March 14 (Bloomberg) -- South Korea, Asia’s fourth-largest buyer of crude, signed its first oil-field contract with the United Arab Emirates, helping to assure future supplies for a nation dependent on imports for most of its energy needs.
Starting in 2014, state-run Korea National Oil Corp. will be included in ventures formed by Abu Dhabi National Oil Co. to develop fields with reserves of more than 1 billion barrels of oil worth 110 trillion won ($97 billion) under terms of a preliminary agreement signed yesterday, South Korea’s presidential office said in an e-mailed statement.
The agreement came during South Korean President Lee Myung Bak’s visit to the U.A.E., his first trip there since December 2009 when state-run Korea Electric Power Corp. beat General Electric Co. and Areva SA to win the Gulf Arab nation’s first nuclear power plant contract.
Korea National, or KNOC, joins international oil companies such as Exxon Mobil Corp. and Royal Dutch Shell Plc in developing fields in the U.A.E., the fourth-largest crude producer in the Organization of Petroleum Exporting Countries.
The deal will help raise South Korea’s output from its stakes in overseas fields to 15 percent of the nation’s energy needs, from the current 11 percent, the statement said.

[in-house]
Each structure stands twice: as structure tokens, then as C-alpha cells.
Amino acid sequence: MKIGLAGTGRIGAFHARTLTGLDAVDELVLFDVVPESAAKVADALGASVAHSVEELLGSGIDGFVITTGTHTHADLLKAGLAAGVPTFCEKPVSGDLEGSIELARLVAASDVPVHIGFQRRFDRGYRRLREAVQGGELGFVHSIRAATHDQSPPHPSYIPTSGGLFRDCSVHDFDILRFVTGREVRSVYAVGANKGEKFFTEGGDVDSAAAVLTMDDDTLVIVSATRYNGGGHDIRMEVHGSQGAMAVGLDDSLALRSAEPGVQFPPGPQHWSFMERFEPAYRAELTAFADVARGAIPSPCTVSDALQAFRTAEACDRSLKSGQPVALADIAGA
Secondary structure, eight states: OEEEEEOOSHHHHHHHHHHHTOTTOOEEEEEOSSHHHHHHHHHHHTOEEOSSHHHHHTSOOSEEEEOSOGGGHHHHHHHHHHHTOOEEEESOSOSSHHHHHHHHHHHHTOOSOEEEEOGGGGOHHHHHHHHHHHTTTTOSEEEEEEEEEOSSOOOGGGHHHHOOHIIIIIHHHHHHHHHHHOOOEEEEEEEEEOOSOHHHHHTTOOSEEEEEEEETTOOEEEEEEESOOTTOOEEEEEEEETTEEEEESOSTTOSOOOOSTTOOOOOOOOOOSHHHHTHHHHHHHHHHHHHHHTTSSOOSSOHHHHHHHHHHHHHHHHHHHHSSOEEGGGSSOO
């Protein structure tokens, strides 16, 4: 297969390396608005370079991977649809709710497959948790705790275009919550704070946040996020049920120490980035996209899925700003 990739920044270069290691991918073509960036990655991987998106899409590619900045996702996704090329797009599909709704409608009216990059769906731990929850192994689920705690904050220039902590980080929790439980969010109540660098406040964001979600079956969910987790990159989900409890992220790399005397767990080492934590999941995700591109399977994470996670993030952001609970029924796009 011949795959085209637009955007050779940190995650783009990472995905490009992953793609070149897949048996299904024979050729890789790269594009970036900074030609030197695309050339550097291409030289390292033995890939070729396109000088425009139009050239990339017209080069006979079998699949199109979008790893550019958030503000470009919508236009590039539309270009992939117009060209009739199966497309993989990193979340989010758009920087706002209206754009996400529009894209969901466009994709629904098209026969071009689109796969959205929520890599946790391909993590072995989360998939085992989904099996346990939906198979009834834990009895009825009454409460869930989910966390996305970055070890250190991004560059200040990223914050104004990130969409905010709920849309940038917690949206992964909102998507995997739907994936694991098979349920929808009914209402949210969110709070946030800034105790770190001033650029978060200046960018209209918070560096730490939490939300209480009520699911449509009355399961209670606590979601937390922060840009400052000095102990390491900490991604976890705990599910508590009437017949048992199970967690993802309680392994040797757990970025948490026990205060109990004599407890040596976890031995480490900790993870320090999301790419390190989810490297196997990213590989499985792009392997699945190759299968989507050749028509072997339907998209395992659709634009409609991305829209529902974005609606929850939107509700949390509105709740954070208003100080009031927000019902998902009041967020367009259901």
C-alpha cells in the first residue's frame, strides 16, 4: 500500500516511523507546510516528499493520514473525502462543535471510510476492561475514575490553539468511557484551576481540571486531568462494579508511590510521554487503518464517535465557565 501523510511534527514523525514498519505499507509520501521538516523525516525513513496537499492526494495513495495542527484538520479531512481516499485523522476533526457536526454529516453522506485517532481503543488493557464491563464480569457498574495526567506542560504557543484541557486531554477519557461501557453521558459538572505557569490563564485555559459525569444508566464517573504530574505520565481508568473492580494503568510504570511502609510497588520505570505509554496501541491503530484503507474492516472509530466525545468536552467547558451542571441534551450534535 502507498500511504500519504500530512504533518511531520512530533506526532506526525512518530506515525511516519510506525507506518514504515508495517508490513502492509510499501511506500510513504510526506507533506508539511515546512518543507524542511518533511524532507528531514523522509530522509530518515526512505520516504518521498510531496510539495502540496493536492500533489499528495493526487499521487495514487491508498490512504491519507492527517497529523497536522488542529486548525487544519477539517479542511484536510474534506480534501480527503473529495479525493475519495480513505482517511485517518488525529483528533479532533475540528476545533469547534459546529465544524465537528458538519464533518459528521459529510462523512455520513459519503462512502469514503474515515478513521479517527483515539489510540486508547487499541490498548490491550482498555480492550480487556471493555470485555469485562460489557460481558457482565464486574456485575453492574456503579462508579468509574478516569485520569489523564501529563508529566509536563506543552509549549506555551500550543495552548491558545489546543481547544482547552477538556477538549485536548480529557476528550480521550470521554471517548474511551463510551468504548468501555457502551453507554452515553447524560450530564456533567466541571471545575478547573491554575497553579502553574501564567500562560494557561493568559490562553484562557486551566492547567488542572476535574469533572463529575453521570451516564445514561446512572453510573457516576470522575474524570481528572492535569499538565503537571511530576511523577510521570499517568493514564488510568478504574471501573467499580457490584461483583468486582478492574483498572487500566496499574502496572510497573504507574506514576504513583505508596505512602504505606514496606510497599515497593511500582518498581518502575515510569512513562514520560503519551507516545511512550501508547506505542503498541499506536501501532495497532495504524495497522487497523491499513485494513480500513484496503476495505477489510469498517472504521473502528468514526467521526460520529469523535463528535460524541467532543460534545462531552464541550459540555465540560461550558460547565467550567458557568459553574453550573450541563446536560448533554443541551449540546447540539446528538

Anyang, South Korea-based KNOC will be allowed to join development projects in Abu Dhabi when current contracts that expire starting in 2014 are renewed. Details including which fields the South Korean company will join will be discussed later, the statement said.
South Korea was also given rights to exploit Abu Dhabi’s three undeveloped blocks, which initial estimates show have reserves of 570 million barrels of oil. The countries will sign a contract on that within the year, and those fields may start production as early as 2013 with a daily output of 35,000 barrels.
South Korea will to help store 6 million barrels of crude oil free-of-charge for Abu Dhabi, a reserve the Asian country can tap to meet emergency needs, the statement said.
South Korea and the U.A.E. agreed to closely cooperate in building “the best quality” nuclear reactors, according to a separate statement after the summit between President Lee and his counterpart Sheikh Khalifa bin Zayed Al Nahyan amid concerns over safety of nuclear power as Japan struggles with reactors crippled by an earthquake and tsunami.
President Lee will attend the ground breaking ceremony today for the U.A.E.’s first nuclear power plant at the proposed Braka site.
The U.A.E. is the second-largest supplier of oil to South Korea. Two-way trade totaled $17.6 billion in 2010, according to the presidential office.
To contact the editor responsible for this story: Paul Tighe at firstname.lastname@example.org